One of the best examples is the spree killer. Not always a sociopath often they are another flavor of Narc, but what they want is to be remembered. They don't care that it will be with hatred and disgust. Their need to make their mark overwhelms any remaining humanity. Two flavors do they come in. Retaliation killers where they destroy those who they perceive have wronged them: Institution (workplace, police station) or people (their family, sorority girls, Jews). Scorekeepers those who target schools, theaters, and daycare's or similar crowded places where they will be able to get the highest body count before being stopped. They KNOW they are not going to get away with it. The game is to get the highest body count before and make the news. To be known. To become a household name. To take all the pain inside and spread it around to as many other people as possible. To prove their worth. This last statement is perhaps the saddest.

      When I saw people as playing pieces I had no reason not to use them to get that power and infamy. It was never enough. Because power and fame/infamy were not what I really needed. It was not my ego that needed to be fed but my soul. You feed the soul through good works. You feed it by having a moral code and not deviating from it. You live with integrity and perform the duties that best serve others. I am at peace today. I act with compassion instead of greed. I was lucky/blessed to find the people that led me to here. I can measure my worth by living a life of purpose with integrity today.

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    4. Puppy Basket- if that's diarrhea of the brain I'd say: keep it coming.

      This is really good stuff. I think you are incredibly wise. In these last posts you have provided a road map for an antisocial personality to become a prosocial sociopath.

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    5. “It is our way of obtaining immortality.”

      I see it more like letting people know “I was here first.” I see having kids as obtaining immortality.


      “I don't HAVE to hurt people.”

      What if you hurt people by doing absolutely nothing? I’m naturally aloof and I’ve gone out with some women that have gotten really mad at me because I don’t “show enough interest in [whatever]”. Sometimes I just don’t care but sometimes I feel that asking about it is prying into their personal matters and think it’s best not to say anything about it until they bring it up. Just sitting on the couch and watching tv has made them mad.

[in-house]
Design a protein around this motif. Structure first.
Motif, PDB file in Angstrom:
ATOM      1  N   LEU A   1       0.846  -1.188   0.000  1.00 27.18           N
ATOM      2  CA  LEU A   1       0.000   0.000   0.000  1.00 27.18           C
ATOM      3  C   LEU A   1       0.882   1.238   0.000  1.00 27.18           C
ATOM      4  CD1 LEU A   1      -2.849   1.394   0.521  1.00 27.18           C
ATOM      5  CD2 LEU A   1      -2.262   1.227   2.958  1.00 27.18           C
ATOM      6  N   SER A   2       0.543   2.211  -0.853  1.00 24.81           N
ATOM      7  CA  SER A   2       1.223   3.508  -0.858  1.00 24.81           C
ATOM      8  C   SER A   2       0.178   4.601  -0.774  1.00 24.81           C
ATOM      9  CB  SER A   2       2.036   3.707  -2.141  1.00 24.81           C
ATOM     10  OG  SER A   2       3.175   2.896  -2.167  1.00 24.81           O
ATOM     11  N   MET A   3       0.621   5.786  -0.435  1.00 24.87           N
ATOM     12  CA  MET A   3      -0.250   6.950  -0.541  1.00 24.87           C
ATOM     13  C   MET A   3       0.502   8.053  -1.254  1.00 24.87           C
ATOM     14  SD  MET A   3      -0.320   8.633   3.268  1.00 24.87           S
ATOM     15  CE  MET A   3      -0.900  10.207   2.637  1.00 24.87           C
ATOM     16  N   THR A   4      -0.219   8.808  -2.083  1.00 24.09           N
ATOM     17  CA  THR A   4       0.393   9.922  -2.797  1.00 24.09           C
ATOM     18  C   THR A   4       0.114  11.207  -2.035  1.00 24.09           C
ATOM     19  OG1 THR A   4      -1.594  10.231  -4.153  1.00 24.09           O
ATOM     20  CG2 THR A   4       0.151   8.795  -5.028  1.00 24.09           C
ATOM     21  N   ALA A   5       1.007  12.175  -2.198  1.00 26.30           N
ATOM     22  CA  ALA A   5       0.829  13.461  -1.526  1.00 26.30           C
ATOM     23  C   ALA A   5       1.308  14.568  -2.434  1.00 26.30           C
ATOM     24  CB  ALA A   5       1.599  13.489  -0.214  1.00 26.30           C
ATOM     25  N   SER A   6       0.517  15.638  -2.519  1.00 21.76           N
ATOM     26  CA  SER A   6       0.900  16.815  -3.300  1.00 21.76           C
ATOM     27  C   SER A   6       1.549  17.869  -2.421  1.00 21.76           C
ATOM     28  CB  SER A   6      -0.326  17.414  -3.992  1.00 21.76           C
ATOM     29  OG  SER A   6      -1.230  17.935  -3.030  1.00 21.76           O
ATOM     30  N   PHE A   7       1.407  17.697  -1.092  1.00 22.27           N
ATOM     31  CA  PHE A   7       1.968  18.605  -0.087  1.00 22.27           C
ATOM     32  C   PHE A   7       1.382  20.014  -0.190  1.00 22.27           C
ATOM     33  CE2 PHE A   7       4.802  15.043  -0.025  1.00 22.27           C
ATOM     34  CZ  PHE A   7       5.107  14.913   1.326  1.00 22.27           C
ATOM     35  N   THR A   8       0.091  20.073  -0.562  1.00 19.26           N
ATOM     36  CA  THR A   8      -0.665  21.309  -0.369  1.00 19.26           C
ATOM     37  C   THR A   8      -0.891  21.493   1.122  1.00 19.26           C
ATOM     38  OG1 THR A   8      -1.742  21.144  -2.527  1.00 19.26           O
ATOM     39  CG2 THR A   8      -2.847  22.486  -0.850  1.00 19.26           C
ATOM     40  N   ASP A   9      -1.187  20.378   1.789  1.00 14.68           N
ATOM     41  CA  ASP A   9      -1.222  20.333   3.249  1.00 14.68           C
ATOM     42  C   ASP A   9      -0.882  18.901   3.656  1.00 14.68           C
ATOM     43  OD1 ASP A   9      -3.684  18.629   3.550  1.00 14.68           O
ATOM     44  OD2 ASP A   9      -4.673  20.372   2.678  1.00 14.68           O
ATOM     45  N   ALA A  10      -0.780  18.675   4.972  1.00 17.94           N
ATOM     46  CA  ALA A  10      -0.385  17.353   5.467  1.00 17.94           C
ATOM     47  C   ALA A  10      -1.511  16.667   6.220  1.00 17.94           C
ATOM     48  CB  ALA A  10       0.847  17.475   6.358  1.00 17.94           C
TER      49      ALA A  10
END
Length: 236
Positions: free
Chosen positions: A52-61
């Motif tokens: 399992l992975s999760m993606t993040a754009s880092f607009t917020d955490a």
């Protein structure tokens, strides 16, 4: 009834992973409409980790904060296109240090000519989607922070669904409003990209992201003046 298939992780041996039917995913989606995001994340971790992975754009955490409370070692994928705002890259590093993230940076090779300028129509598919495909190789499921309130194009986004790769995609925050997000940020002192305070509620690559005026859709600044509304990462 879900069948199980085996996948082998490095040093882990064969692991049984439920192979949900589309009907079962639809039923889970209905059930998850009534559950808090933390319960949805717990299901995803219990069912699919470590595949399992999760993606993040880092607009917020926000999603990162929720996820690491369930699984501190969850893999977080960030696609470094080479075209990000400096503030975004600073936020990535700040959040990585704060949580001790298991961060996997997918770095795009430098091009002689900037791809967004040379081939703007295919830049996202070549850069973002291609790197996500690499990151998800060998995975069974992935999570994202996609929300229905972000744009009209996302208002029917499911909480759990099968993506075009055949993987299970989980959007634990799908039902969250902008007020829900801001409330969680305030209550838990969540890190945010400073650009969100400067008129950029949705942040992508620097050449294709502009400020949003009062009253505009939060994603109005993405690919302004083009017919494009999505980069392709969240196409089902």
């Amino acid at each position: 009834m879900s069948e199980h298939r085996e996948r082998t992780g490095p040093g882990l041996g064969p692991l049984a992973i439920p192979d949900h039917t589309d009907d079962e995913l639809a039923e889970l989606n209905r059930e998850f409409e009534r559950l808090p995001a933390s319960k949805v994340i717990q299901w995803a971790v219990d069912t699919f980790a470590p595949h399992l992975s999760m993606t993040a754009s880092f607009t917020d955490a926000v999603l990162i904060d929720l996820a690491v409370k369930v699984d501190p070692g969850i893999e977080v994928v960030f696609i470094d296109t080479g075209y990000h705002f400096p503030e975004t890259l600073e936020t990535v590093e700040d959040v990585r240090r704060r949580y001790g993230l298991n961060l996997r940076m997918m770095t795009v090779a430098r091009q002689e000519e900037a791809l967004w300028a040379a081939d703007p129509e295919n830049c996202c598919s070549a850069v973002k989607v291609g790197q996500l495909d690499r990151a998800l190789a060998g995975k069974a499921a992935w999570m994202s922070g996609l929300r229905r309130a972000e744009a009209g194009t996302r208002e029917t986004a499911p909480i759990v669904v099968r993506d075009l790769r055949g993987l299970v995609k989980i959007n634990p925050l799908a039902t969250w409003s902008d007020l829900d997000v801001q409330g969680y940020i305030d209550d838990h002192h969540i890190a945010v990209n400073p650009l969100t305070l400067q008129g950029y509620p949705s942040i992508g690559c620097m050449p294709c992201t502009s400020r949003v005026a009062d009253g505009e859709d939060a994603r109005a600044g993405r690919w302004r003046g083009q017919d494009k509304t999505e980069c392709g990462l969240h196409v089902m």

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    6. c i believe that you should pry into their personal lives for me i like it because then i can hold it over their heads and use it without them knowing like if their self conscious you can use it to get ur way they have daddy issues you can act like a father figure and then you can use them like i knew this one girl she had daddy issues and mommy issues i acted like her father in some ways and acted like i understood her its easy when you just don’t care and it was funny she had trust issues also because of some fiancé she loved bla bla bla eventually i got tired and she got really mad at me for leaving her she said i was just like every one in her life n when she told me this i just started to laugh n i walked away from it it was so funny how mad she got and sometimes you can guilt people into feeling sorry for you like i crated this world to this one girl in which my life was soo terrible ha ha she would do anything to try to bring me up and then i lost interest and my parents told me true love this and romantic that uhhhhh high school love is so sweet bla bla bla so when i lost interest she slept with someone else i didn’t care i was on my way out it was weird she got mad at me for not being so mad at her for cheating so then she tried to pick a fight with me n i pulled out my arsenal of her insecurities it was so funny when she started to cry and try to get me back ha ha ha ha stupid empaths their so easy to hurt and get ur way

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    7. Puppy B, Your story reminds me of myself around the time I was in Jr. High School. The older I got, the more I realized my intelligence threatened people, and my nerdiness made me an easy target. So I observed what other kids naturally did to try to fit in, and I did that instead. I was a quick study, so it wasn't hard to pick up those things. It's not that every part of me was fake, just the parts that people tended to like.